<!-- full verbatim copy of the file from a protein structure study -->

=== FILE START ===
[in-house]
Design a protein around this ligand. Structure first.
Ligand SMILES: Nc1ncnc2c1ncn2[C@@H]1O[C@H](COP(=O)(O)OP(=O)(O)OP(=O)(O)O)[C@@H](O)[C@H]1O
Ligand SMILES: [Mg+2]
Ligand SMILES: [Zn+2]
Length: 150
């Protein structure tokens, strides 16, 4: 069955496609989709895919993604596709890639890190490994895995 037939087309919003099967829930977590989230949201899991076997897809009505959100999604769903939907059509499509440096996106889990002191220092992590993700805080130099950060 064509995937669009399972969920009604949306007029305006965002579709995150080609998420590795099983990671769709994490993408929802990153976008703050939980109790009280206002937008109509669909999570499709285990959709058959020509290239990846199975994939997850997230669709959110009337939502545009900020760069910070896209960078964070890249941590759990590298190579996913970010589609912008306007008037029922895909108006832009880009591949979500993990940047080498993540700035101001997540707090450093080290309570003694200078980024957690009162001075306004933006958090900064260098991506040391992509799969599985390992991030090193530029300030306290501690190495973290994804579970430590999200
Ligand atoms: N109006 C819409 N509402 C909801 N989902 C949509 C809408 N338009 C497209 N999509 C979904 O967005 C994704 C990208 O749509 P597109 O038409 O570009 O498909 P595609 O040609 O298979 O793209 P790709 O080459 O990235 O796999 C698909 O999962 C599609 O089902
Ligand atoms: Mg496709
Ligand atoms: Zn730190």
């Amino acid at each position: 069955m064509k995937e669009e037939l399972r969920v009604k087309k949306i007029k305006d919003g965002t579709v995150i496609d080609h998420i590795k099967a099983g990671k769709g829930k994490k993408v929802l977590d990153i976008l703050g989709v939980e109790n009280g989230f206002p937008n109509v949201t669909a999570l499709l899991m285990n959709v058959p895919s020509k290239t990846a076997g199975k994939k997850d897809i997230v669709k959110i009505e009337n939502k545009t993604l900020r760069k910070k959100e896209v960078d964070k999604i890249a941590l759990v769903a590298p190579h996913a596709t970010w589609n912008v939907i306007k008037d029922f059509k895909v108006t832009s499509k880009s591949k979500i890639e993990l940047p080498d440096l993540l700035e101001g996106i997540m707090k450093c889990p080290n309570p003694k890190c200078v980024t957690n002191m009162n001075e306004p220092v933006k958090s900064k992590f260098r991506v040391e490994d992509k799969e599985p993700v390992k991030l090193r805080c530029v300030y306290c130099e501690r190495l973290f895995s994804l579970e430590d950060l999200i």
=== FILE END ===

[in-house]
Design a protein around this ligand. Structure first.
Ligand SMILES: Nc1ncnc2c1ncn2[C@@H]1O[C@H](COP(=O)(O)OP(=O)(O)OP(=O)(O)O)[C@@H](O)[C@H]1O
Ligand SMILES: [Mg+2]
Ligand SMILES: [Zn+2]
Length: 150
């Protein structure tokens, strides 16, 4: 069955496609989709895919993604596709890639890190490994895995 037939087309919003099967829930977590989230949201899991076997897809009505959100999604769903939907059509499509440096996106889990002191220092992590993700805080130099950060 064509995937669009399972969920009604949306007029305006965002579709995150080609998420590795099983990671769709994490993408929802990153976008703050939980109790009280206002937008109509669909999570499709285990959709058959020509290239990846199975994939997850997230669709959110009337939502545009900020760069910070896209960078964070890249941590759990590298190579996913970010589609912008306007008037029922895909108006832009880009591949979500993990940047080498993540700035101001997540707090450093080290309570003694200078980024957690009162001075306004933006958090900064260098991506040391992509799969599985390992991030090193530029300030306290501690190495973290994804579970430590999200
Ligand atoms: N109006 C819409 N509402 C909801 N989902 C949509 C809408 N338009 C497209 N999509 C979904 O967005 C994704 C990208 O749509 P597109 O038409 O570009 O498909 P595609 O040609 O298979 O793209 P790709 O080459 O990235 O796999 C698909 O999962 C599609 O089902
Ligand atoms: Mg496709
Ligand atoms: Zn730190």
């Amino acid at each position: 069955m064509k995937e669009e037939l399972r969920v009604k087309k949306i007029k305006d919003g965002t579709v995150i496609d080609h998420i590795k099967a099983g990671k769709g829930k994490k993408v929802l977590d990153i976008l703050g989709v939980e109790n009280g989230f206002p937008n109509v949201t669909a999570l499709l899991m285990n959709v058959p895919s020509k290239t990846a076997g199975k994939k997850d897809i997230v669709k959110i009505e009337n939502k545009t993604l900020r760069k910070k959100e896209v960078d964070k999604i890249a941590l759990v769903a590298p190579h996913a596709t970010w589609n912008v939907i306007k008037d029922f059509k895909v108006t832009s499509k880009s591949k979500i890639e993990l940047p080498d440096l993540l700035e101001g996106i997540m707090k450093c889990p080290n309570p003694k890190c200078v980024t957690n002191m009162n001075e306004p220092v933006k958090s900064k992590f260098r991506v040391e490994d992509k799969e599985p993700v390992k991030l090193r805080c530029v300030y306290c130099e501690r190495l973290f895995s994804l579970e430590d950060l999200i």